Mar 11, 2013

Why I'm grateful to Canonical for starting Mir


Despite not really having anything special to show for it, I've been messing around with various Gnu/Linux operating systems for many years and have tried, during that time, to say in tune with the latest happenings.

Recently Canonical (the group behind Ubuntu Linux) have announced that for the past 8 months they have been secretly developing a new display server for the Linux desktop, a project which they are calling Mir. The immediate knee jerk reaction which I felt towards this announcement was shock and horror. A display server is an immense project and Ubuntu already has a number of really ambitious projects on the go, can they really afford to take on another massive new project? And what about Wayland? Wayland has been under development for quite some time, couldn't Canonical have tried to improve Wayland, or at the very least just fork it, rather than start an entirely new code base? Isn't it considered one of the core principles of Open Source Software that before starting a new project you check to see if there are any similar existing projects and try to help them if you can?

There are a lot of reasons why starting Mir could seem like a downright terrible idea.

So why am I grateful to Canonical for starting Mir? Because I've learned from experience that redundancy in Open Source is actually a very good thing. DRY (Don't Repeat Yourself) is an important general principle, but sometimes something good can come out of breaking your principles, or at least bending them a little.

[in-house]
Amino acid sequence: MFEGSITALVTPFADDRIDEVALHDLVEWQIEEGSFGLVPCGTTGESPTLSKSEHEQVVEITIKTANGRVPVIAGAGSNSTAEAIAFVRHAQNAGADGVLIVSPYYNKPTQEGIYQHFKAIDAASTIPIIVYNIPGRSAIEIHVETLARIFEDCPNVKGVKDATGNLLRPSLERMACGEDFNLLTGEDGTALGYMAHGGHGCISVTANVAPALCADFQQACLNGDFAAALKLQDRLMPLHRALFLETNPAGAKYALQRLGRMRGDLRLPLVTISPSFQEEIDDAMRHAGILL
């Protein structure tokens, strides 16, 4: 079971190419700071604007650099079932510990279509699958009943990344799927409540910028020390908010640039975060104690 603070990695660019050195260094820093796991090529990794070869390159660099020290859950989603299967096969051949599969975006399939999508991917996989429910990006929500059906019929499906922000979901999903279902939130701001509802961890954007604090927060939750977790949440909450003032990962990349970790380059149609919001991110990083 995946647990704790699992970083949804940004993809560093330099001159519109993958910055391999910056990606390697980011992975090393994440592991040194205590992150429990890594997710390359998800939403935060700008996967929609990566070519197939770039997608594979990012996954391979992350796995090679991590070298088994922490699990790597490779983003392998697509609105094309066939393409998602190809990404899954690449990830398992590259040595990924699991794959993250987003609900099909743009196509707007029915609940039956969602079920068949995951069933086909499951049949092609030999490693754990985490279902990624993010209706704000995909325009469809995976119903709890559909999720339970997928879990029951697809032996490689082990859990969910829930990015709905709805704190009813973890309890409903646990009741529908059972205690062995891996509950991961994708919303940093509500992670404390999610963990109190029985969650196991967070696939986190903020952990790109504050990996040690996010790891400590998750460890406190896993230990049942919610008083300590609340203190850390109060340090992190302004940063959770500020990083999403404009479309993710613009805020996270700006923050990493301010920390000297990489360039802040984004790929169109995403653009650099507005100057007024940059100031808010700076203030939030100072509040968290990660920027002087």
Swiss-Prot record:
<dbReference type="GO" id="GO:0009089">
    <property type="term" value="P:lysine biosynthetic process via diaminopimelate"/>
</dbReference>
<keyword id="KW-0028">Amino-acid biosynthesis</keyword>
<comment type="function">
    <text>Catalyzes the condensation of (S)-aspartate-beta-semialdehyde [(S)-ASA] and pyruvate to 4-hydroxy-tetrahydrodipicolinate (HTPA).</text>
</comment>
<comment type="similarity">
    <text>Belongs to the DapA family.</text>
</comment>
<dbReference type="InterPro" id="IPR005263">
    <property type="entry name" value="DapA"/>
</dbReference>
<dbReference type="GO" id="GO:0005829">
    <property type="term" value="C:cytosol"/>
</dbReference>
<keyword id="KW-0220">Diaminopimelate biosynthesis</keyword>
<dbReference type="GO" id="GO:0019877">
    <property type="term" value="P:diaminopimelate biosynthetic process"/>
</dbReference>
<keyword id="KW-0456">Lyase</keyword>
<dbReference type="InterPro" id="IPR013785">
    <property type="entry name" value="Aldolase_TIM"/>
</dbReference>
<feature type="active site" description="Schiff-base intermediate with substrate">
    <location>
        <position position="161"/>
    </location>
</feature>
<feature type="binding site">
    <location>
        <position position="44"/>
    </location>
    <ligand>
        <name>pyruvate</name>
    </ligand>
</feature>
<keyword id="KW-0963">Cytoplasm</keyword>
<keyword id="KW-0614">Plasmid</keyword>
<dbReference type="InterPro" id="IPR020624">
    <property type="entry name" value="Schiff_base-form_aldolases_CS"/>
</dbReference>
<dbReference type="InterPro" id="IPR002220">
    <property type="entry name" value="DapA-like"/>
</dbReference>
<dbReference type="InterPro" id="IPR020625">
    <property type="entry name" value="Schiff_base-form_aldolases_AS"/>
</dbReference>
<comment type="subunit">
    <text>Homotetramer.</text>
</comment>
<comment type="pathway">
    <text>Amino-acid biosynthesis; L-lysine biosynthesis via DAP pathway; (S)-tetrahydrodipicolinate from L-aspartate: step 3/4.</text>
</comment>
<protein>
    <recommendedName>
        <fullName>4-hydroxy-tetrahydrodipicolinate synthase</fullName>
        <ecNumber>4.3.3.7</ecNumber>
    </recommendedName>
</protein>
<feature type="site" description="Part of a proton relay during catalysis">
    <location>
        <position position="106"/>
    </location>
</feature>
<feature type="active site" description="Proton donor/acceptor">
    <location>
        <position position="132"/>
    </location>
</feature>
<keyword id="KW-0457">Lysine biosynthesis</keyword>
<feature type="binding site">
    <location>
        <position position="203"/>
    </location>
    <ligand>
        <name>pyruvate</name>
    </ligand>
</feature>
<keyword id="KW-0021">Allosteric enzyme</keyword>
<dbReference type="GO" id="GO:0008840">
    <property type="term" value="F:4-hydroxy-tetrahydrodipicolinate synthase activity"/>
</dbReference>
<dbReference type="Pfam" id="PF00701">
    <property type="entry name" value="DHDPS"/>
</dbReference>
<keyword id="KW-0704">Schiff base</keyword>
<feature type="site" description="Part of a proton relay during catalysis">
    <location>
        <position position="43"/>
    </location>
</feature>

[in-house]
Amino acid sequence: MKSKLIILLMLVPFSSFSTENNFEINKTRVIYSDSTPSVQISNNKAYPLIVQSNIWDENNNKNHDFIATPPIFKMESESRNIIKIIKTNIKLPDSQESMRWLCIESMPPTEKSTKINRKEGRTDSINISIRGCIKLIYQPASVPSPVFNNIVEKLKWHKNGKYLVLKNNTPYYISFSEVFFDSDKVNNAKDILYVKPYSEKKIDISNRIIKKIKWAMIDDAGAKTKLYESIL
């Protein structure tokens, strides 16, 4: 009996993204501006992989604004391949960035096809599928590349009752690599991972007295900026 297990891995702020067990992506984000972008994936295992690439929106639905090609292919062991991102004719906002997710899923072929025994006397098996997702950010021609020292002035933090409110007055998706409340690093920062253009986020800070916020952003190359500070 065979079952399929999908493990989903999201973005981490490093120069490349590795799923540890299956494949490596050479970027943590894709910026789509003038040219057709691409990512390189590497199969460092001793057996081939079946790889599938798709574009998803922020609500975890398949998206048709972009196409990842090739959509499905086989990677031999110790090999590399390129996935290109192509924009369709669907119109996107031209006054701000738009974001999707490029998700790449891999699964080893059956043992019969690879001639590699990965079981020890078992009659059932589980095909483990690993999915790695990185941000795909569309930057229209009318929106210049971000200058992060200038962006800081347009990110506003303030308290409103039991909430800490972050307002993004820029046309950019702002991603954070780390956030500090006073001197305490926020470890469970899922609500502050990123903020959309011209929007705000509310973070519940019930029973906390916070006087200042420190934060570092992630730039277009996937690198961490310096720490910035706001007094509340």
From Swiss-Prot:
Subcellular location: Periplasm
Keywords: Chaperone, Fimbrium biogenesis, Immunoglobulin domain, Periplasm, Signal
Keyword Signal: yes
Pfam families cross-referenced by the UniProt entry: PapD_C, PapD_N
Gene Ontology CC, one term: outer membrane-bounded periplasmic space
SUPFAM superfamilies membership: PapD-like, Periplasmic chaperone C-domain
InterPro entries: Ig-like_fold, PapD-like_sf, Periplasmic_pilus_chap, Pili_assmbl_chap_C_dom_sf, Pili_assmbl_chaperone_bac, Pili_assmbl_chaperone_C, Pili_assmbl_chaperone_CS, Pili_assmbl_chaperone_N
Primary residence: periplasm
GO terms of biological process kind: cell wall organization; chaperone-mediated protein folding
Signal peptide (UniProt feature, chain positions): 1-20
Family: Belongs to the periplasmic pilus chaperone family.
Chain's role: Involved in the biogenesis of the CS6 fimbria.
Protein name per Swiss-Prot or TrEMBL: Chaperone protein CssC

For example, where would the Linux community be today if there had only been one Linux distribution, such as Redhat? I started with Redhat, I have nothing against them, but over the years they have made choices which I disagreed with, and because there were numerous alternative distributions I was free to take my toys and go play elsewhere. What if there had only been one Linux desktop environment, perhaps Gnome? Honestly, lately it seems that the people behind Gnome have gone a little insane, but I don't really want to get into that. Needless to say, I'm very happy that there are alternatives there as well, and I'm very grateful to all the hard work going into the KDE and XFCE environments. I don't often hear people say that KDE or XFCE are redundant or unnecessary.

One last example to think about, where would the internet be if there had only been one web browser? In fact just this morning I read an article about someone switching from Chrome back to Firefox.

I think you see where I am going.

I'm grateful to Canonical for starting the Mir project, it is a huge undertaking, and it is going to cost them a mountain of effort to pull it off. I'm grateful for that effort, and I think others should be too.

There is a certain ebb and flow to Open Source. I wish Wayland and Mir both tones of success. I for one am glad to hear that there will be alternatives in the Linux display server market.

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